Did you get to your mat this week? Why do we avoid what’s good for us? Why when we really desire good health do we still avoid things like yoga and healthy food? Is the human condition to keep us from avoiding what’s good for us? I have spent much time meditating on why I procrastinate my yoga, walk, or healthy food choice. This has been a struggle for many of us for a very long time. It seems to me it comes directly from the reward we receive afterwards or even during the activity.
This explains why sugar keeps us coming back again and again. Our brains reward us for it because from its perspective we should be rewarded for eating so many calories. The brain knows you normally eat 2500 calories before 4pm and will help you remember to do so. The brain programs itself to reward you for eating, but doesn’t understand when those 2500 calories are McDonalds or some other empty calories. Then when the body desires certain nutrients it will ask you to eat again and when you reward it with another 1000 empty calories it rewards you again. The reward center for the brain works this way with a lot of things. Sex, alcohol and drugs are great examples of high reward behaviors. This is part of why addictions usually fall upon these behaviors and can lead to dangerous places. Sugar gets a lot of us in trouble and I get into the details of that in my article “Sugar in an Addictive substance”
Also exercise rewards some of us and some people seem to be more stimulated by that reward than they are for the alcohol or sugar reward. I was NOT one of those people. Exercise for me has been a horrendous feat. I hated it in high school and could care less about sports. I just don’t care to exercise. As a young person I was usually left to my own devices to get food, so you can image my choices were not ideal. In fact there were several years I lived on Doritos, Pepsi, and Slim Fast. As child and through most of my early adult hood I ate calorie dense nutrient defficient food and my 260lbs was a direct result. No one exercised in my house! We watched TV, most of the time. I was a child of the 80’s I never learned that exercise can reward us.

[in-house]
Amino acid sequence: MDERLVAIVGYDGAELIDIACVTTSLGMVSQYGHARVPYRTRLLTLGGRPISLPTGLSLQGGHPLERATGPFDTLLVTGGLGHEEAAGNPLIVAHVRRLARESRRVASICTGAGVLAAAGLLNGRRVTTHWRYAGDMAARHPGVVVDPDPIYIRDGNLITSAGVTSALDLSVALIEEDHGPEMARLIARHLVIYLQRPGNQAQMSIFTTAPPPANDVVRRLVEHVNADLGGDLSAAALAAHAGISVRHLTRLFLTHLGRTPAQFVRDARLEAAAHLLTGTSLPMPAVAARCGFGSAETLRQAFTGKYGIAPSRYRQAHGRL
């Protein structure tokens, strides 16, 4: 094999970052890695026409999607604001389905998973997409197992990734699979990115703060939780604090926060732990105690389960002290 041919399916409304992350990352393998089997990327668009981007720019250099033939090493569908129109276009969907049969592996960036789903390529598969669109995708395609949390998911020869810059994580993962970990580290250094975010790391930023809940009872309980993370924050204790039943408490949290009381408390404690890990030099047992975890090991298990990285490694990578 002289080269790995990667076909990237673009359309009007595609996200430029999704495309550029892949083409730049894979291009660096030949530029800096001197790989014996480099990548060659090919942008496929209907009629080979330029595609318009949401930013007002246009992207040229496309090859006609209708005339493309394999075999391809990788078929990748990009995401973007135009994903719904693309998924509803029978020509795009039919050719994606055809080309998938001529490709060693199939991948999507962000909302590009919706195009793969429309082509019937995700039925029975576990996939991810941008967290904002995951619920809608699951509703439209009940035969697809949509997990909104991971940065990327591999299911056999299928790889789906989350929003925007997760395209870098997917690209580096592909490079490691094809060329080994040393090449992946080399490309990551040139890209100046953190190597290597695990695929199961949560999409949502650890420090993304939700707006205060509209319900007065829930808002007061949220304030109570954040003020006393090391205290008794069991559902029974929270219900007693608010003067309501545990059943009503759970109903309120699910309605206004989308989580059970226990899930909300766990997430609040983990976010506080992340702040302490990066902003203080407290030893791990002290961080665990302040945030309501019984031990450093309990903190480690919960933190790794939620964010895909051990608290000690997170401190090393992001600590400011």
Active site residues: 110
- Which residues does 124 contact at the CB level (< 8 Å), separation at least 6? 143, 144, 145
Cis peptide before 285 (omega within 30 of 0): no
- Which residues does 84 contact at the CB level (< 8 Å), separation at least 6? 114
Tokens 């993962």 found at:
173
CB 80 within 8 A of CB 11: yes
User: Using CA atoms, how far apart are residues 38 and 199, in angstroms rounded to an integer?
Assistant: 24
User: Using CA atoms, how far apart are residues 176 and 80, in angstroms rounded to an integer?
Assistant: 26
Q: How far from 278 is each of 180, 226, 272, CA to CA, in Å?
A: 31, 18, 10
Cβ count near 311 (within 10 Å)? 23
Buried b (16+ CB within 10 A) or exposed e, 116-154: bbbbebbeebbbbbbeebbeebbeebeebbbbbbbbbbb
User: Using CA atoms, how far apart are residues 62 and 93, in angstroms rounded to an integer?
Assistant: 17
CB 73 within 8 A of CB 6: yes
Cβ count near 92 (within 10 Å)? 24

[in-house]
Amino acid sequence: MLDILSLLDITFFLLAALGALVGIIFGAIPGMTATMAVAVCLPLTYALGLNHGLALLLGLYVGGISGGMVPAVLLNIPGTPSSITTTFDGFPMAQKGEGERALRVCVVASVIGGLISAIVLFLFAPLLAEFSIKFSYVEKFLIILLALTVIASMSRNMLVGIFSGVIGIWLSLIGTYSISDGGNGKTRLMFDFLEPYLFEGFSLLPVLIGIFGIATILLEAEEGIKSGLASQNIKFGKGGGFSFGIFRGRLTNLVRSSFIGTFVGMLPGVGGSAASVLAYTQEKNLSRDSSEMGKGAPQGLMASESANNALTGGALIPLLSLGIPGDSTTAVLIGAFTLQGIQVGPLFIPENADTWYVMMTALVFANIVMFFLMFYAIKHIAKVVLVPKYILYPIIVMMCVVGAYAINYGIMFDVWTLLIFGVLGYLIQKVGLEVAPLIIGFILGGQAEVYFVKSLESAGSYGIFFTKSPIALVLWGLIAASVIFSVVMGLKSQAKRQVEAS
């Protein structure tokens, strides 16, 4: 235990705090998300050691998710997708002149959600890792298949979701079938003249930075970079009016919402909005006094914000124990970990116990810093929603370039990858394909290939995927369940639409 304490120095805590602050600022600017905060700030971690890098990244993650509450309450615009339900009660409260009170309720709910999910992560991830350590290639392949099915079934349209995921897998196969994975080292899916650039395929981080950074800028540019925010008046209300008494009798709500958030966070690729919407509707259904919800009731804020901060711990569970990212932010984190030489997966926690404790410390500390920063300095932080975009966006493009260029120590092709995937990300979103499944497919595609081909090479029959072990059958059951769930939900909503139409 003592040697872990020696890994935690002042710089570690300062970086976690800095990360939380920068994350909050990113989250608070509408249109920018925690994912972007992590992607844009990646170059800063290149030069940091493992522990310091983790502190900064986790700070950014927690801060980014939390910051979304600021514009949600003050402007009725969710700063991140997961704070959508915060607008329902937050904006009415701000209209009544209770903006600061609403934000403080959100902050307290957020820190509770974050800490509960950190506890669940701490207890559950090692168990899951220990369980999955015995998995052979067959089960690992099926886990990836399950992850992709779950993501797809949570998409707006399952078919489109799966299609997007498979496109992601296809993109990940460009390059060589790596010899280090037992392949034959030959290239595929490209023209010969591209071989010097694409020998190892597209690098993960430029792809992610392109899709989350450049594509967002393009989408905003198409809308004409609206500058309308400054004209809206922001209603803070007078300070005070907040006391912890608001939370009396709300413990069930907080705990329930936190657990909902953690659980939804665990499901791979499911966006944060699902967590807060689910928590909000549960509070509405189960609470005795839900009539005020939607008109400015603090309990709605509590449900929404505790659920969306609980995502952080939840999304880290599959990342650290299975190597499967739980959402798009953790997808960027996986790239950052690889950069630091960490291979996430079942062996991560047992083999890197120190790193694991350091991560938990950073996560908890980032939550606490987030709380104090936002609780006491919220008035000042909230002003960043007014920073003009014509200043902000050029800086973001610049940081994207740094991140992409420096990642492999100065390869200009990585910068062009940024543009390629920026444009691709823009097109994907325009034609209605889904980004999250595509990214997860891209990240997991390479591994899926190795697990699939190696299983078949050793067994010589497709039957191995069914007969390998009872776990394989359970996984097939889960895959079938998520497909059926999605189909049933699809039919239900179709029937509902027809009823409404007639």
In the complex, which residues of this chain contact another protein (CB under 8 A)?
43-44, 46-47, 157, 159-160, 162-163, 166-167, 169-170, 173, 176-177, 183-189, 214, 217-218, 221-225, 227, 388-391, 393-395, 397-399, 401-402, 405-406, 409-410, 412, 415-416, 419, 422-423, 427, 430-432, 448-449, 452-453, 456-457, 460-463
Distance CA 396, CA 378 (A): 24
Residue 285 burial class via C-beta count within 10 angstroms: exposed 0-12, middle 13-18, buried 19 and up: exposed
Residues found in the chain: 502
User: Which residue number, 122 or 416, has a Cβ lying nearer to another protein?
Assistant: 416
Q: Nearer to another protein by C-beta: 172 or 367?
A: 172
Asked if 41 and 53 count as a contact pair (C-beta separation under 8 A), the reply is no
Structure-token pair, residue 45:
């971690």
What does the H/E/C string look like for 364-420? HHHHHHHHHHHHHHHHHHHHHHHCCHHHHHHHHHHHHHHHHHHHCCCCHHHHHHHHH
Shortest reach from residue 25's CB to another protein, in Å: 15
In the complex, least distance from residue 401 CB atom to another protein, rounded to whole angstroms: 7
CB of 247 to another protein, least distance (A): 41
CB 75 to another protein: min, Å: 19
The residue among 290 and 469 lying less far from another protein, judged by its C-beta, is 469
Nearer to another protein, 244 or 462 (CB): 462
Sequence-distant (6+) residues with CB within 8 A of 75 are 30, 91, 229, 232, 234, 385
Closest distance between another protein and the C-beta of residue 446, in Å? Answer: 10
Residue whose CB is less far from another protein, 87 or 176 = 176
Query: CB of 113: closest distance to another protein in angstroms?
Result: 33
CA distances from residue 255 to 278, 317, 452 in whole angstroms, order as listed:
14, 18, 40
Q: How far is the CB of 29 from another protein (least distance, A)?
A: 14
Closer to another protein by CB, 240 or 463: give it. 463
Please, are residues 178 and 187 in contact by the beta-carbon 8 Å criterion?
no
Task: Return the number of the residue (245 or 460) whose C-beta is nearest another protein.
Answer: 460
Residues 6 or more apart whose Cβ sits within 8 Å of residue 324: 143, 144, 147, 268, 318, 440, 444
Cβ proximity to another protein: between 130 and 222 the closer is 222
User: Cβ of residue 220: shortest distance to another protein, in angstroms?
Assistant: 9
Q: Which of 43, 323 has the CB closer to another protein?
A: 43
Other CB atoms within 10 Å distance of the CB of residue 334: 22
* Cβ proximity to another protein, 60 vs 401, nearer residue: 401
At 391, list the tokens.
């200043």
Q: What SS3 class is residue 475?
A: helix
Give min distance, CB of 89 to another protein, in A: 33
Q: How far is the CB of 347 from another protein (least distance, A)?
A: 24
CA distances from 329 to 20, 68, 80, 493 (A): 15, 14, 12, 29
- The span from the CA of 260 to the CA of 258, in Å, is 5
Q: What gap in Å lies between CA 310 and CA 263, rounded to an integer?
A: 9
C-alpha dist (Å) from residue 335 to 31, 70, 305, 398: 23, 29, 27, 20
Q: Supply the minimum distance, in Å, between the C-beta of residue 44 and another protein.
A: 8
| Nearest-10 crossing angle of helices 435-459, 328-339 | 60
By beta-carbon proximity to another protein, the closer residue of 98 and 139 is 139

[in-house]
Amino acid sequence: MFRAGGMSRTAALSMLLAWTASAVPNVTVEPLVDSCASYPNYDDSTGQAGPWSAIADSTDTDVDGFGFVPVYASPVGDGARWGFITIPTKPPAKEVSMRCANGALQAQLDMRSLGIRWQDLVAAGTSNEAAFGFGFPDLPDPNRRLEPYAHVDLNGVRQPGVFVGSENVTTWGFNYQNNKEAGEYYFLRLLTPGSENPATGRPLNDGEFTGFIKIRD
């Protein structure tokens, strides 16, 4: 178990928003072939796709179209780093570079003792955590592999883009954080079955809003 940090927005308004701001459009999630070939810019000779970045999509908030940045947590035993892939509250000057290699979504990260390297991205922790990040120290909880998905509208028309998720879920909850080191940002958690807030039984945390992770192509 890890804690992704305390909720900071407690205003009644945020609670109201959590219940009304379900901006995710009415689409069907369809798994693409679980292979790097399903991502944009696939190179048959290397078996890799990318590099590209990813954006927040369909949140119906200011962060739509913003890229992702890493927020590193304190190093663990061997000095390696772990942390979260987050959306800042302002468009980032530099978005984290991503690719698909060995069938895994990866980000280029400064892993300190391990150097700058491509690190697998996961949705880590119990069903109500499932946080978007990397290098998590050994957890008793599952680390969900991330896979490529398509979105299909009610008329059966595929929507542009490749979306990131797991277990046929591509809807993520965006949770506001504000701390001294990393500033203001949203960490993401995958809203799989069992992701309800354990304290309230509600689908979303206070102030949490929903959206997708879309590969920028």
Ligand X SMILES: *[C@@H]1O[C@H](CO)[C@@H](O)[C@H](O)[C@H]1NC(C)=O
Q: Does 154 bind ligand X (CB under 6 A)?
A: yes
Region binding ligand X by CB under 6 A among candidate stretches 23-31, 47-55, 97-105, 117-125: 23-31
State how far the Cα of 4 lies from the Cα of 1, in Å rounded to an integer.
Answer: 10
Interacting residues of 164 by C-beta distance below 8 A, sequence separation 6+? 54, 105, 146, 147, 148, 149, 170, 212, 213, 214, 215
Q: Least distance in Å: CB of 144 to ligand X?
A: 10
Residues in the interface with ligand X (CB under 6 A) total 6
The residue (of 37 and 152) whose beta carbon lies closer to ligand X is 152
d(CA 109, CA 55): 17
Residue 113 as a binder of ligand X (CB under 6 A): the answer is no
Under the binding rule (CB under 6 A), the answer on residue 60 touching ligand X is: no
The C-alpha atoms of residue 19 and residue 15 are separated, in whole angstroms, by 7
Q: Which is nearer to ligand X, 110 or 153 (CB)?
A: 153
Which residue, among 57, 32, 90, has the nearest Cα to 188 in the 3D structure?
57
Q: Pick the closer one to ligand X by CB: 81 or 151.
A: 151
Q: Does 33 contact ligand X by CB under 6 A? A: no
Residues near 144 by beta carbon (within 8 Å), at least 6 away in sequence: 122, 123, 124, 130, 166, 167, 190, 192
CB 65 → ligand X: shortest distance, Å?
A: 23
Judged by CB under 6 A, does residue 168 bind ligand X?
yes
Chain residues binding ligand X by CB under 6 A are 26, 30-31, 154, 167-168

When I hike I am not driven by exercise I am driven by the adventure and inspired by nature. That is how I exercise, gyms are boring and severely lack in the reward department. Its easy for me to skip over although I have tried so many times out of pure desire for better health. At times I could keep streaks but my dirty secret is that I hate the gym. So I had to find some other reward for my exercise because it was not always a rewarding experience when you can’t breathe and your muscles hurt so bad. When I was exercising at 250 lbs I hated it with such a passion. I had no idea how I was ever going to figure out this weight loss thing. I had no interest in competition or vanity, these are not my values. I had to find the rewards for exercising and doing yoga, tough to compete with things like sugar and alcohol. I experimented with lots of rewards – buying something can lead to shopping habits, so I don’t recommend that reward system. Shopping, gambling and sex habits are just as addictive as sugar and alcohol. The addiction process lies in the addiction to those rewards. My rewards were something else… they were adventure, geocaching, and trees. This spoke to my values.